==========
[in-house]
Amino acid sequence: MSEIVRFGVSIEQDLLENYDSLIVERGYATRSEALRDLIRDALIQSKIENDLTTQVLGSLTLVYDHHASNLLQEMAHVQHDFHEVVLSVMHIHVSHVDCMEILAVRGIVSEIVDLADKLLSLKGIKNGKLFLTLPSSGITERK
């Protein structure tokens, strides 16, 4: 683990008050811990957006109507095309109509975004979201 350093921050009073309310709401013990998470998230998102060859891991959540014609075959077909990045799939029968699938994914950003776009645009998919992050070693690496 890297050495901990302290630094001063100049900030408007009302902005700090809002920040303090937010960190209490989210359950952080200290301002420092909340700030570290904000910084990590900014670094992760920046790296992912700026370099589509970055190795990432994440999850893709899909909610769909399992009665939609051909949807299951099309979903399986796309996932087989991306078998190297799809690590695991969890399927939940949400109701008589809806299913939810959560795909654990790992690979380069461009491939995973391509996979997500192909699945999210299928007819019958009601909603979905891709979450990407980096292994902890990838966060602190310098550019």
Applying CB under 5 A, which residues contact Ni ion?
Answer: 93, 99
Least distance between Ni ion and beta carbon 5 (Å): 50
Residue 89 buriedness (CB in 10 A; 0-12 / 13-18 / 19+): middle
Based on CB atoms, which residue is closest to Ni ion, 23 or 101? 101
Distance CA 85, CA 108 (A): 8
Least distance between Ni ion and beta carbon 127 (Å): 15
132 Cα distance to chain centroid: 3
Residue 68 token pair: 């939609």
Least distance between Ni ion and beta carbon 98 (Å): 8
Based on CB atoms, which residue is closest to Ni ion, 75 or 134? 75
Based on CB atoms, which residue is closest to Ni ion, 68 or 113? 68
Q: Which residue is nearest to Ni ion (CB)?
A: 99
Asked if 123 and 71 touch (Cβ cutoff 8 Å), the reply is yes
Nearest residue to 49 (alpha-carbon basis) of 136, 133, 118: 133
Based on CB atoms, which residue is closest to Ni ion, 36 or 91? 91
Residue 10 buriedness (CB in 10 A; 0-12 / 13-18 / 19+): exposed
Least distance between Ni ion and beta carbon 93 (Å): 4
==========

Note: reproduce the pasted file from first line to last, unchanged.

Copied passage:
[in-house]
Amino acid sequence: MSEIVRFGVSIEQDLLENYDSLIVERGYATRSEALRDLIRDALIQSKIENDLTTQVLGSLTLVYDHHASNLLQEMAHVQHDFHEVVLSVMHIHVSHVDCMEILAVRGIVSEIVDLADKLLSLKGIKNGKLFLTLPSSGITERK
């Protein structure tokens, strides 16, 4: 683990008050811990957006109507095309109509975004979201 350093921050009073309310709401013990998470998230998102060859891991959540014609075959077909990045799939029968699938994914950003776009645009998919992050070693690496 890297050495901990302290630094001063100049900030408007009302902005700090809002920040303090937010960190209490989210359950952080200290301002420092909340700030570290904000910084990590900014670094992760920046790296992912700026370099589509970055190795990432994440999850893709899909909610769909399992009665939609051909949807299951099309979903399986796309996932087989991306078998190297799809690590695991969890399927939940949400109701008589809806299913939810959560795909654990790992690979380069461009491939995973391509996979997500192909699945999210299928007819019958009601909603979905891709979450990407980096292994902890990838966060602190310098550019």
Applying CB under 5 A, which residues contact Ni ion?
Answer: 93, 99
Least distance between Ni ion and beta carbon 5 (Å): 50
Residue 89 buriedness (CB in 10 A; 0-12 / 13-18 / 19+): middle
Based on CB atoms, which residue is closest to Ni ion, 23 or 101? 101
Distance CA 85, CA 108 (A): 8
Least distance between Ni ion and beta carbon 127 (Å): 15
132 Cα distance to chain centroid: 3
Residue 68 token pair: 């939609």
Least distance between Ni ion and beta carbon 98 (Å): 8
Based on CB atoms, which residue is closest to Ni ion, 75 or 134? 75
Based on CB atoms, which residue is closest to Ni ion, 68 or 113? 68
Q: Which residue is nearest to Ni ion (CB)?
A: 99
Asked if 123 and 71 touch (Cβ cutoff 8 Å), the reply is yes
Nearest residue to 49 (alpha-carbon basis) of 136, 133, 118: 133
Based on CB atoms, which residue is closest to Ni ion, 36 or 91? 91
Residue 10 buriedness (CB in 10 A; 0-12 / 13-18 / 19+): exposed
Least distance between Ni ion and beta carbon 93 (Å): 4